Achieving superlubricity with high temperature


Lubrication between two surfaces depends on their respective co-efficient of frictions, surface finishes and also the type of lubricant used, if there is any. It is known that the temperature at which these surfaces  are placed will also play a crucial role in such cases. This is put to test by a group of researchers by applying a coating produced by burnishing powders of antimony trioxide and magnesium silicate hydroxide with carbon (MSH/C) on nickel super alloy substrate at an open-air experimental setup. During this process there is a gradual decrease in the coefficient of friction. With the increase of temperature, at 300°C the coefficient of friction reduces to 0.008 achieving superlubricity. This experiment confirmed the design of new MSH/C-based coating using burnishing process. Though the frictional value is relatively high at room temperatures, the surfaces exhibited excellent tribological behavior at higher temperatures.

In this experiment two types of powders are used for coatings. Namely, MSH/C and antimony oxide which are produced by burnishing process. This process uses a room temperature mechanical device which uses balls or rollers to press lubricant powders and coat the necessary surfaces on the specimens.

Fig1. Film preparation process (Taken from [1])

A friction test with pin on disk tribometer is performed to understand the surface behaviors. The width and wear scars and marks were observed on the specimen using Zeiss optical microscope after conducting the experiment. During the initial stage of the experiment the coefficient of friction started to increase until the temperature reaches 200 °C. From which the coefficient of friction drop is rapid. To understand the root cause of this behavior the wear tracks are analyzed. It is clear that there are very mild wear tracks at high temperatures when compared to lower temperature results which have significant wears. It is also observed that when this experiment is performed at room temperature the coating is completely removed from the ball leaving a blackish layer. Upon further inspection these are found to be different compounds of oxides. Contradicting these results, when the experiment was performed at 300 °C the applied layer is still intact. This proves that with the increase of temperature the presence of oxides on the layer will substantially decrease.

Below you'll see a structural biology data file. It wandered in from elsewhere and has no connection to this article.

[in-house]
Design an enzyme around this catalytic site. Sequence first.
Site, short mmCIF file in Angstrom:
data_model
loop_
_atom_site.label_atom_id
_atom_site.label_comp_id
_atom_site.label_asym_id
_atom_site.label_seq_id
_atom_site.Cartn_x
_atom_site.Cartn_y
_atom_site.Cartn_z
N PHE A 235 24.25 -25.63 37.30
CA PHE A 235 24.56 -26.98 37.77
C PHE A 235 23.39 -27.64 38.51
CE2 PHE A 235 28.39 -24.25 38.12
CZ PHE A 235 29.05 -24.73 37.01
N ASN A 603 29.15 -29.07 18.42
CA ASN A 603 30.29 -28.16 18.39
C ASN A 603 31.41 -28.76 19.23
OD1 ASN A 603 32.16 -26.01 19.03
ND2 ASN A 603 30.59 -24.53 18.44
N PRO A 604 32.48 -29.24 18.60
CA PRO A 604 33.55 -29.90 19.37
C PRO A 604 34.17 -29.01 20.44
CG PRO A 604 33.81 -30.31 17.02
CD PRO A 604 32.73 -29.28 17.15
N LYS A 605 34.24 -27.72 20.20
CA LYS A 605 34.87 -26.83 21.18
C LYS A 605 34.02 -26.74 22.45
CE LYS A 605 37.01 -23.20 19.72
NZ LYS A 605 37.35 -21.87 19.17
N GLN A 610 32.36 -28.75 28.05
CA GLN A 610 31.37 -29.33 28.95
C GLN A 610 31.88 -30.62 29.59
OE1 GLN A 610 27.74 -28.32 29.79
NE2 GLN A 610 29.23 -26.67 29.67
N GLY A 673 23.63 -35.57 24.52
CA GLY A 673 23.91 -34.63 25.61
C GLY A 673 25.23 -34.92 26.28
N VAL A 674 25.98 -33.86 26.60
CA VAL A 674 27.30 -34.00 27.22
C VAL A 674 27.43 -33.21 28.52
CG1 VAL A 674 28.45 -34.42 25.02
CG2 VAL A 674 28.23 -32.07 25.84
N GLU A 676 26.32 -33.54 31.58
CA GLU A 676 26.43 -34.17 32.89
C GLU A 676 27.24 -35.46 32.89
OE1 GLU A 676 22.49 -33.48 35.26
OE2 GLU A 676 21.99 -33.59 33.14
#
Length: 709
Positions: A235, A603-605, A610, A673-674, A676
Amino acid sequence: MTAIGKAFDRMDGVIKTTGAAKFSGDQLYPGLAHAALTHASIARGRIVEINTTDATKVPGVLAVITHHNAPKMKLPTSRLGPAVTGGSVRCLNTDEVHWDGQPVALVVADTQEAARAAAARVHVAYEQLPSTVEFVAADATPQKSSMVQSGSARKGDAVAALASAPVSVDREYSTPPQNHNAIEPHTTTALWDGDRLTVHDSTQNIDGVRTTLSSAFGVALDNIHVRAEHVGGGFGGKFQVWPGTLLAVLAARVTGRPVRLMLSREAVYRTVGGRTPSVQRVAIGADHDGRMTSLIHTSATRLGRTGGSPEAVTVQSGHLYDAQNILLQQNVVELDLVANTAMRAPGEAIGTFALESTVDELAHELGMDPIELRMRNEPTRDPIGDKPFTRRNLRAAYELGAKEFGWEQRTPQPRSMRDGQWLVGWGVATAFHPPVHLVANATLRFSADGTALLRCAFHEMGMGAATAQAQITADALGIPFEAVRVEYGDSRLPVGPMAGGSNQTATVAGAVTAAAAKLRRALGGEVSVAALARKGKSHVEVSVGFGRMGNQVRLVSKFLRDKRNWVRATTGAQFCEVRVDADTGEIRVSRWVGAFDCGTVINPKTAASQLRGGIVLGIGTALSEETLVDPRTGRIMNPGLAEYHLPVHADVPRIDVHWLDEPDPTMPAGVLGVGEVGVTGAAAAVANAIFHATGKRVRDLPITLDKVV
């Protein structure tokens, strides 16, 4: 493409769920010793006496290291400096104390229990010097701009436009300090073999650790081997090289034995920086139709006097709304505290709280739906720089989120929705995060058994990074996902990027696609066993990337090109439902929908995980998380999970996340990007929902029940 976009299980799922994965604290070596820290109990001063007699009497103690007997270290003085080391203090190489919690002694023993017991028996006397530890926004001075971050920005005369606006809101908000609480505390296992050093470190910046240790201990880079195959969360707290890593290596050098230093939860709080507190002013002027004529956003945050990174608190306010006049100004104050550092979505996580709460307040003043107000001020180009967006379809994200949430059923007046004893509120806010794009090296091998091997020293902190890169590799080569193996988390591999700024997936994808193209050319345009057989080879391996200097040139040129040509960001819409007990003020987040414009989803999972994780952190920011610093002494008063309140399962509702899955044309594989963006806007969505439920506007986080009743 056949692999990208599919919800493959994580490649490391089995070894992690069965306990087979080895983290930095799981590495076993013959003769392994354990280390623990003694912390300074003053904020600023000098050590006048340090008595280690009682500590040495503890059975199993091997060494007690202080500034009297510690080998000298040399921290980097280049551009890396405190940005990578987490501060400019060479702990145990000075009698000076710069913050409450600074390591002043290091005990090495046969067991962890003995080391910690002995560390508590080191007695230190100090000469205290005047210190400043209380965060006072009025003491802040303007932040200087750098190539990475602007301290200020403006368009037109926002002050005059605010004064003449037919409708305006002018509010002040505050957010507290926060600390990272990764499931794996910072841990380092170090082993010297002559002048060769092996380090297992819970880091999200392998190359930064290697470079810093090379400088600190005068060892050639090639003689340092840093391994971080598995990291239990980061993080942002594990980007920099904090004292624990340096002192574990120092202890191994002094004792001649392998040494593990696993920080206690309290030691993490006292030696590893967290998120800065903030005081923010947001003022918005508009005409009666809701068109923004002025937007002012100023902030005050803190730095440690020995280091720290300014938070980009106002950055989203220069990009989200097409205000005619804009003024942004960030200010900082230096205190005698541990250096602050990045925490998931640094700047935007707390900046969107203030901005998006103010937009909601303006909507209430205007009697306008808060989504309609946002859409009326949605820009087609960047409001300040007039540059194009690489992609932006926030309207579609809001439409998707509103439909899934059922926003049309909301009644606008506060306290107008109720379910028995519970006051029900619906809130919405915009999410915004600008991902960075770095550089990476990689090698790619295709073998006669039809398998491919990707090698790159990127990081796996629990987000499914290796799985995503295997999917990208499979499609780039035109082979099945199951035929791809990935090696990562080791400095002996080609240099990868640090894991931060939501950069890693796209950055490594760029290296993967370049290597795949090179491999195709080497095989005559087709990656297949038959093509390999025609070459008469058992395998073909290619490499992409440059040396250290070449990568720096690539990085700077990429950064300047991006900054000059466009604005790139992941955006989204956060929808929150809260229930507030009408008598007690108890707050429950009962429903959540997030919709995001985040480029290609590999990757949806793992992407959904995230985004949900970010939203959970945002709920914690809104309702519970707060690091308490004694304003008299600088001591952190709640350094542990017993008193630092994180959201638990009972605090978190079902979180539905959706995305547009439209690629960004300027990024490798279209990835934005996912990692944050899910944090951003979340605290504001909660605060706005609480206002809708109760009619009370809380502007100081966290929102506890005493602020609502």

Fig2. Worn-out surfaces at different temperatures (Taken from [1])

Additionally, the Raman effect is used to understand the intensity of different oxide layers formed. It is observed that no carbon or MSH related Raman peaks are present at the worn out surfaces. This study helps support the statement that superlubric nature of coating is a synergistic effect of the adhesion layer and triochemically generated surface carbon film.

Fig 3 Graphs representing the intensities of different oxides (Taken from [1])

In conclusion, this research conducted by the collaboration of researchers from China and the USA was able to design a new MSH/C-based coating using burnishing process. This experimentation helped to find new insights in high temperature lubrication systems. That helps in creating easily self-repairable surfaces by tweaking the operational temperatures.


[1] Kai Gao, Bin Wang, Asghar Shirani, Qiuying Chang and Diana Berman, Macroscale Superlubricity Accomplished by Sb2O3-MSH/C Under High Temperature, 10.3389/fchem.2021.667878

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